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of the tariff concerns, et cetera so i would expect to see a little bit of volatility at the high end on the luxury consumer but a longer term, i think it's a pretty healthy market there. >> since i have you, i'm curious what you think the profitability will be of these new types of stores we have talked about. new services with apparel and may not sell that much apparel so do you think the people who are going in and getting things like drinks and haircuts and whatever else is happening now, what happens to the traditional business model of retail >> i think retail is fundamentally changing moving towards this omni channel retailing, online and store, anywhere they want to be able to get it and as you said, experience is the name of the game you've got to provide an experience the product? >> profitable experience >> no question about it. and it depends what kind of a service or experience you're providing. i think margins you're raising is an important question and
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wage input labor, cost increases, you're going to have the supply chain increases and got online shipping is more expensive than instore for many of the retailers so managing the profitability is something that each of these retailers have to deal with. but it's not one size fits all if you're a luxury retailer, for example, the online sales are more than your in-store sales. it can be, sure. because you're not paying some of the commission rates. you have the shipping costs are a small percentage of the total costs. so it's really the lower end that you have to really worry about the profitability on the internet, but experiences are very important i think you've got to be able to provide something that's different. it's going to be low price >> one of the areas was building supplies and materials this is all traceable to the matheson kitchen renovation, subject it
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isn't it >> people are renovating houses look at the home depot numbers remarkable for the last year or two, all about the renovation economy. >> thank you for seeing you. >> tyler, tell us your next big project. adjust accordingly. >> i try to get the price up, the bidding price. the guy comes in at a bid. >> 20% >> get that to $30,000 come on. thanks, steve. >> thanks. oh, hi the market is shaking off the boeing headlines they're rallying today take a look at that nasdaq 100 there are only four of the 100 stocks there are down and overall index up near lly 2%. nvidia and apple, at&t are among the leerads. you see right there. "power lunch" will return at 18 before the hour. measure up?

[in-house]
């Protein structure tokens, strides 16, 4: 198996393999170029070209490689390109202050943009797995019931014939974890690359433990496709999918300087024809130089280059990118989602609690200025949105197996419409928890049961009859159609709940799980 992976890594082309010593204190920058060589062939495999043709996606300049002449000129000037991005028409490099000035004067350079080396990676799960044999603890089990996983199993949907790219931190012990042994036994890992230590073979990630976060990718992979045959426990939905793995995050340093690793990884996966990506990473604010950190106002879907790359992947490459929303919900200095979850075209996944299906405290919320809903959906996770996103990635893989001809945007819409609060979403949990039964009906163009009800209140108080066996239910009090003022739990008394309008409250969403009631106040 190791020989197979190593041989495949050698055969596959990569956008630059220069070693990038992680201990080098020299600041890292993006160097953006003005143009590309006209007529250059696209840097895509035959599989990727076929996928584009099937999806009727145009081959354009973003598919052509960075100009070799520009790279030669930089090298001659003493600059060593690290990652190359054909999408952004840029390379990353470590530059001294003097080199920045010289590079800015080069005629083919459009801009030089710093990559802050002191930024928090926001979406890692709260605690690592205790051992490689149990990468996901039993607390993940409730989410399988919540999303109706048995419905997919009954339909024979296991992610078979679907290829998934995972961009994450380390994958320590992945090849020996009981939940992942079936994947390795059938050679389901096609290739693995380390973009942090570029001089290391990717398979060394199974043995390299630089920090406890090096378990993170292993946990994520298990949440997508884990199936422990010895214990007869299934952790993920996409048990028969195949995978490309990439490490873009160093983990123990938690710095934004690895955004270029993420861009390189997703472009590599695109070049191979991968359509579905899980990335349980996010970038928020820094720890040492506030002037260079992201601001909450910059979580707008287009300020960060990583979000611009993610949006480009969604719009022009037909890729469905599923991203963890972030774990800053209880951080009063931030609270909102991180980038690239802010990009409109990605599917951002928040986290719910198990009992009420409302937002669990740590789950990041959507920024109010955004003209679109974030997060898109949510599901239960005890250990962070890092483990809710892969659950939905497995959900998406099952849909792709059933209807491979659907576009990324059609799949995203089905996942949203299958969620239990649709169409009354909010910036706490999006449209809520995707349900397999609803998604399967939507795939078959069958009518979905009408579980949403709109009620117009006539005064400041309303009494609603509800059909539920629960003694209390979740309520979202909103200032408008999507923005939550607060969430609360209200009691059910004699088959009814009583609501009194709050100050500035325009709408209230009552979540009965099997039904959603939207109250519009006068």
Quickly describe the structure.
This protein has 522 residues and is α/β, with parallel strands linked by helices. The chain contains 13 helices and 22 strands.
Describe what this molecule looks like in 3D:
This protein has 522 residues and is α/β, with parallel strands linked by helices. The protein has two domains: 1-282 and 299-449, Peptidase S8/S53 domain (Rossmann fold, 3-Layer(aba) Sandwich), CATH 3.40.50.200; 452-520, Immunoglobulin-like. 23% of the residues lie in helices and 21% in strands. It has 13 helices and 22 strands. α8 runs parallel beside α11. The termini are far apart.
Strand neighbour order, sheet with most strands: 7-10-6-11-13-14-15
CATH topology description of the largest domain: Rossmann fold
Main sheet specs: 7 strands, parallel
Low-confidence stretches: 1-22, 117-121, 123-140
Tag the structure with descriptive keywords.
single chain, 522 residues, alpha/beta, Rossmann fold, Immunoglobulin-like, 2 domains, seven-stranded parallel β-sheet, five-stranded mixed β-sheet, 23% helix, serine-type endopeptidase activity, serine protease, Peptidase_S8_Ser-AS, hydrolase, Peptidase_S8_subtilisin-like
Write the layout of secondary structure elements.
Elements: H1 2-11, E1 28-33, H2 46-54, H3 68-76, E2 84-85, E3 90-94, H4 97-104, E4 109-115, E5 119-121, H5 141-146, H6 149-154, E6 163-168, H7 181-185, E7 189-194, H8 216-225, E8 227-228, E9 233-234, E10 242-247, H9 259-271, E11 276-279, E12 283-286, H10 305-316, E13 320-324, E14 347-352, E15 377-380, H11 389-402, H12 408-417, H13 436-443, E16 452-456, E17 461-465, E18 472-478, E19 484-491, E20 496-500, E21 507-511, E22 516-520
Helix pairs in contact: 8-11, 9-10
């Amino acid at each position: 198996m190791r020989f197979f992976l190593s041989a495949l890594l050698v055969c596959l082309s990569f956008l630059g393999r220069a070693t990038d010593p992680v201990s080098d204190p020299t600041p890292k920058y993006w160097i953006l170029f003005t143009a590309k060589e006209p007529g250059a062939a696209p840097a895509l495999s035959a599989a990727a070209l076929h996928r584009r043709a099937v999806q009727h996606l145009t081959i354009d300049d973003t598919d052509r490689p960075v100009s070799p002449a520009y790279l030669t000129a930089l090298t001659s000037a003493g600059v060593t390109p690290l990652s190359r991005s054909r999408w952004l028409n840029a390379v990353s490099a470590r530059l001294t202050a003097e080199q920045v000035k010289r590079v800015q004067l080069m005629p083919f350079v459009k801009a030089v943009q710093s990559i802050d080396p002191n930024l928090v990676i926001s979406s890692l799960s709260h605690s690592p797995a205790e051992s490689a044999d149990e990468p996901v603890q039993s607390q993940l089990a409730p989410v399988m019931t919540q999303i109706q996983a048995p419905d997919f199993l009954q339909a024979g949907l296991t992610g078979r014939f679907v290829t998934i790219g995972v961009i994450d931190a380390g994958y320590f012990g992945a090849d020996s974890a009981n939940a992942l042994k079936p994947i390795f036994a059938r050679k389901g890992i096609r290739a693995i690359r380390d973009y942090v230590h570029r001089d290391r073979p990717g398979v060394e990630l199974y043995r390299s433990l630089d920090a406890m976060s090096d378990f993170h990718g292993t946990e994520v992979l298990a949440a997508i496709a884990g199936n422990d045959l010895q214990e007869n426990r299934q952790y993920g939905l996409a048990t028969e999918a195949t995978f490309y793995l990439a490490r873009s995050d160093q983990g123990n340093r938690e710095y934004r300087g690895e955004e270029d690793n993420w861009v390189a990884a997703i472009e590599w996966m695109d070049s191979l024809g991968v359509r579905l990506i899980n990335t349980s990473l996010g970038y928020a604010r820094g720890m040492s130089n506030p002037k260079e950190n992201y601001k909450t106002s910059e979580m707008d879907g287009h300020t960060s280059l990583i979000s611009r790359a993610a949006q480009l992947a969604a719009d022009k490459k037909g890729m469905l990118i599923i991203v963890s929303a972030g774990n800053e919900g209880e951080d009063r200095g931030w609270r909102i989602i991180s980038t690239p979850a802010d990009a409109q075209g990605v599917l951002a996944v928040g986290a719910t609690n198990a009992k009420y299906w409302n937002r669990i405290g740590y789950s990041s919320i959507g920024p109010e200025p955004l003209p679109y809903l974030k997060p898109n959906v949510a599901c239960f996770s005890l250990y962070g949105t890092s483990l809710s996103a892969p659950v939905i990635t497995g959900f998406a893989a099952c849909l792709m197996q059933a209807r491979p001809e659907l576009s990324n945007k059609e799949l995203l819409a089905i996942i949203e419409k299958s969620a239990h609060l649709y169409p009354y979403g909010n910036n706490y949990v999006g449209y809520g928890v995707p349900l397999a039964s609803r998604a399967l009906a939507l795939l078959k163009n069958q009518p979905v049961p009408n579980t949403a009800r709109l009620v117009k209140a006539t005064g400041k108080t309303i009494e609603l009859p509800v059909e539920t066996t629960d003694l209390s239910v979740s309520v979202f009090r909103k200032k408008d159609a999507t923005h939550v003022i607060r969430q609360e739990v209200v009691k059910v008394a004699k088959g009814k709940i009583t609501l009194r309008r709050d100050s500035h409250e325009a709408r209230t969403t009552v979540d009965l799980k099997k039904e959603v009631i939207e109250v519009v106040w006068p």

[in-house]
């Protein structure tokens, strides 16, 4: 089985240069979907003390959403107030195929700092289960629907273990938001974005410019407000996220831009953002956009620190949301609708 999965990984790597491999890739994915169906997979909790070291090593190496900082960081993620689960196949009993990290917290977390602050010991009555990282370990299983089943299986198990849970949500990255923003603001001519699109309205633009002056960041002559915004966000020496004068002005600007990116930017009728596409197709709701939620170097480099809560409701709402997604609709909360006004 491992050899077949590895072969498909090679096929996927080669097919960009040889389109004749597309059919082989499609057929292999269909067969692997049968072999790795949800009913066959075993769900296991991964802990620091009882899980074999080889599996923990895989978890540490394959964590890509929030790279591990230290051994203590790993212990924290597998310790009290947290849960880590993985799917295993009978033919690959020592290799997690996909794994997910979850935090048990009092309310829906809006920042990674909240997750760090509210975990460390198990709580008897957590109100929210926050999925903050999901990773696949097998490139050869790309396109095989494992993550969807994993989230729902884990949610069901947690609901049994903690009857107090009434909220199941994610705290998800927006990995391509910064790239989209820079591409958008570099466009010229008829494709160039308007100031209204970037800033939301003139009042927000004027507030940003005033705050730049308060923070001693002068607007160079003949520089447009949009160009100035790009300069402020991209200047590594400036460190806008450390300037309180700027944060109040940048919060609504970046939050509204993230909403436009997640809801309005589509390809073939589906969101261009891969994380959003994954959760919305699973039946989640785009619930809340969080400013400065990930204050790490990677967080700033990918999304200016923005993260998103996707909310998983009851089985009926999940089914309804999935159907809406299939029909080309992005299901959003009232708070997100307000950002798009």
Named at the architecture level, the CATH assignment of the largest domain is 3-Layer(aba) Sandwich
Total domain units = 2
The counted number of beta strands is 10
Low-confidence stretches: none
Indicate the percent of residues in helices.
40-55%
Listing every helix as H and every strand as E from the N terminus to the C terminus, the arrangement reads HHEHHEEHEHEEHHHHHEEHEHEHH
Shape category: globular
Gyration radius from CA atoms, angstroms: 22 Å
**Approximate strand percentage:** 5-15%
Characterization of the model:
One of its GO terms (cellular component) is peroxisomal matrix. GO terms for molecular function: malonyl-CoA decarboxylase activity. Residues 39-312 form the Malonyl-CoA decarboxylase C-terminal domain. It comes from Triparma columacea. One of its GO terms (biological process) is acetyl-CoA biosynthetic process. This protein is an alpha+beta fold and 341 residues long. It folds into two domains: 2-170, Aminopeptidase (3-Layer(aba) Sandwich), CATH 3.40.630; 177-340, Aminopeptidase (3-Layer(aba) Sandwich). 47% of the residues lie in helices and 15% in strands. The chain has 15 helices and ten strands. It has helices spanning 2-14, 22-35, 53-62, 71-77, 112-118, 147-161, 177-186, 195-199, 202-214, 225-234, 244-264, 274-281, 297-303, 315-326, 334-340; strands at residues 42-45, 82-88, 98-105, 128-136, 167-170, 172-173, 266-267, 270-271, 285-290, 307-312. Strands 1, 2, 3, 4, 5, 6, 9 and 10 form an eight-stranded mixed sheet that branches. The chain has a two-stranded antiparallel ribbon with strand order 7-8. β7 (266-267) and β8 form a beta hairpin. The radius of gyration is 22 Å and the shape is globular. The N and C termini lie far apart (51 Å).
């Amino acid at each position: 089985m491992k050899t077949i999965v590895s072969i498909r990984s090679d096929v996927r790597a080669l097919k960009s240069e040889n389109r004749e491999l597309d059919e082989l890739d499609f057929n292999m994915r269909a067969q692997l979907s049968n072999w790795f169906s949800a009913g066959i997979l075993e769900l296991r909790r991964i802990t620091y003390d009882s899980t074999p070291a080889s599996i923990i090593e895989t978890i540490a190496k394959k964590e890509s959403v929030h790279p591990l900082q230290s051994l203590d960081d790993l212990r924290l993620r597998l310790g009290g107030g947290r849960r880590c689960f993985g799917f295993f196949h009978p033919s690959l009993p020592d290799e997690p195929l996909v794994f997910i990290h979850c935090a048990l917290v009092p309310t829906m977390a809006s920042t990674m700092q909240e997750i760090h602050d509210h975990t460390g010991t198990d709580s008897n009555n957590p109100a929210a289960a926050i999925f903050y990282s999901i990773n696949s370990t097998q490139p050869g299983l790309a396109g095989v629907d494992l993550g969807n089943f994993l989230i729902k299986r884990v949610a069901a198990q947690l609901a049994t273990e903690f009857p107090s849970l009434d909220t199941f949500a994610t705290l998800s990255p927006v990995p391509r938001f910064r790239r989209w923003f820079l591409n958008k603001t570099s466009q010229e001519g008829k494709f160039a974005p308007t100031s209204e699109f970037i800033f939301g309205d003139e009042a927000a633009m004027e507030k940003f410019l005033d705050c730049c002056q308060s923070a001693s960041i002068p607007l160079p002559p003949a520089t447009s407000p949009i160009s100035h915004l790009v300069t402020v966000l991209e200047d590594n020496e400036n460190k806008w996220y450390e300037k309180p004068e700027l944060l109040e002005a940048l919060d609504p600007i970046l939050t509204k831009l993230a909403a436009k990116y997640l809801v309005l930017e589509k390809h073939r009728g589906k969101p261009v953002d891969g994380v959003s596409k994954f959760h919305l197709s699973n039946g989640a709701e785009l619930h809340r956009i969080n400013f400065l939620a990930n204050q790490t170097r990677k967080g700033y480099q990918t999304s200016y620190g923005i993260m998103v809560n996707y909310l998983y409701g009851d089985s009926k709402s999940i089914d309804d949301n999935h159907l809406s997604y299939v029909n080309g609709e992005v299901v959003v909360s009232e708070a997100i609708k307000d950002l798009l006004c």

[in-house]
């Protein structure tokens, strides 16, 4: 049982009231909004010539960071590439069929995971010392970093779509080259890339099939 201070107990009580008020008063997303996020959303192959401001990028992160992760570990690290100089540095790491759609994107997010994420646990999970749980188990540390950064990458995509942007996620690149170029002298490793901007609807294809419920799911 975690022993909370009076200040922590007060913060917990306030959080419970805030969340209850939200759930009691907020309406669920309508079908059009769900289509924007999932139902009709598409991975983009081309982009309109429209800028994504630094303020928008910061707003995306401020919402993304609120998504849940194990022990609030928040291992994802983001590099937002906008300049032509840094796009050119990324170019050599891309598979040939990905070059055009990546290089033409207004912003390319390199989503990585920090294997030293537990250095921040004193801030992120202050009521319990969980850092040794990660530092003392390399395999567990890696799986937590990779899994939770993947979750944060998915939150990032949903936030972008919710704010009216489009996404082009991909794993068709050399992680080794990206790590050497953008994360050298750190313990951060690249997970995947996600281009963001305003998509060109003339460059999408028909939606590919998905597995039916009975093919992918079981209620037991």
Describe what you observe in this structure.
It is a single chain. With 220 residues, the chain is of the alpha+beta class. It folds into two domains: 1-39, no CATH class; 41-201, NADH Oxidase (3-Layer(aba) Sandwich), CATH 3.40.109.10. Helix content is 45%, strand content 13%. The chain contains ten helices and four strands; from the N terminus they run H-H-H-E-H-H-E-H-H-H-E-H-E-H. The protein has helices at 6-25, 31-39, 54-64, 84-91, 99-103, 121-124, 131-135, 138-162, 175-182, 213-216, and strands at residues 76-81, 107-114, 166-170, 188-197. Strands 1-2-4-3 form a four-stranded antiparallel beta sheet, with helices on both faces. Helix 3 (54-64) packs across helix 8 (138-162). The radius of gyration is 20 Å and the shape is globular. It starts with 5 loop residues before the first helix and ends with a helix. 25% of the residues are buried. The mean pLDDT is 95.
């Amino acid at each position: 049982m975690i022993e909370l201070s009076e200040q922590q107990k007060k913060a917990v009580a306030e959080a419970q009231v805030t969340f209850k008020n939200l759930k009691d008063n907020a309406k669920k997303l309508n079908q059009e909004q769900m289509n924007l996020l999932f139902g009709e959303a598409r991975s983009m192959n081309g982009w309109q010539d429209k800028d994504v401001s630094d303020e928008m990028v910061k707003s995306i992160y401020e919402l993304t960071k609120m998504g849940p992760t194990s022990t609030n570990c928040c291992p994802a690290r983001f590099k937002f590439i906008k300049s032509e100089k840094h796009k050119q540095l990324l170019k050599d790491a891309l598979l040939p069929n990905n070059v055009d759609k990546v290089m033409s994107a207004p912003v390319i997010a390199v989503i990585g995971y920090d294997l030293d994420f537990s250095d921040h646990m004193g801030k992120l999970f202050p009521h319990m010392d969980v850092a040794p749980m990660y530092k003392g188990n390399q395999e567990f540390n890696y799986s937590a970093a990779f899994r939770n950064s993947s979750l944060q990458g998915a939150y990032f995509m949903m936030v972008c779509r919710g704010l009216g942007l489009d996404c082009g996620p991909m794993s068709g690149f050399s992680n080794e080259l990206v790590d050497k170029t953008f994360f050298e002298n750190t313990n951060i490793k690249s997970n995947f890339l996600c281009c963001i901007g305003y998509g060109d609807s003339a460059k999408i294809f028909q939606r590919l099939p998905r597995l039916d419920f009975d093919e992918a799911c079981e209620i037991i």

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for the bond market and rick santelli at the cme. hi, rick >> hi, tyler one week of bunds gives you pretty much all you need to know i know kelly has had many
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conversations about how the gravitational pull from europe and japan keeps our rates low. auction today, $38 billion first of $78 billion in supply it was three year notes. the yield, 2.448 i gave the auction a c plus. it was basically average on all metrics except for a little heavy meaning a good thing on indirect bids at 50% and priced pretty well. as you look at the screen, you'll see a three day chart of the dollar index it's on the lows of the session right now. but it's still holding the 97 handle and you could see clearly if you go back to thursday's big jump, we're still holding about half those gains and believe me, most traders are eyeing one level. 97 even. melissa lee, back to you >> rick santelli, coming up, we're going live to the big energy summit in houston senator lisa murkowski talks u.s. energy policy and much more stay with us
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the world's top power players in the energy business are gathering this week in houston. some of the big topics include the impact of the u.s./china trade war, geopolitical disruptions fracking joining us is senator lisa murkowski. senator, it's great to have you, welcome. >> good to be with you great to be here in the week. >> there's headlines that show what is happening in the u.s i see first of all that we are headed to surpass maybe russia and catch up with saudi arabia as an oil exporter maybe within five or ten years and wanted to ask you talking about the u.s./china trade war how significant the deal is that was signed to export lng to china. >> well, you have raised a couple of things here. first of all, recognize that the production here in the united states is expected to surpass
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saudi arabia by the end of the year that is significant. we are now truly a global oil producer you mentioned the lng and the opportunities that we have for export to asia, china, other nations there. it is significant insofar as our ability to take what we have -- what we have been allowed to to bring to fruition through this really this shale renaissance, this ability to tap into the permian and then move that to nations around the globe, particularly in asia where there is great interest in our natural gas. >> are u.s. consumers benefitting from this? how much of the product we are talking about is going overseas to other markets how much because of issues with pipelines, transportation that correct kind of facilities thinking even about the refiners are set up for the heavy crude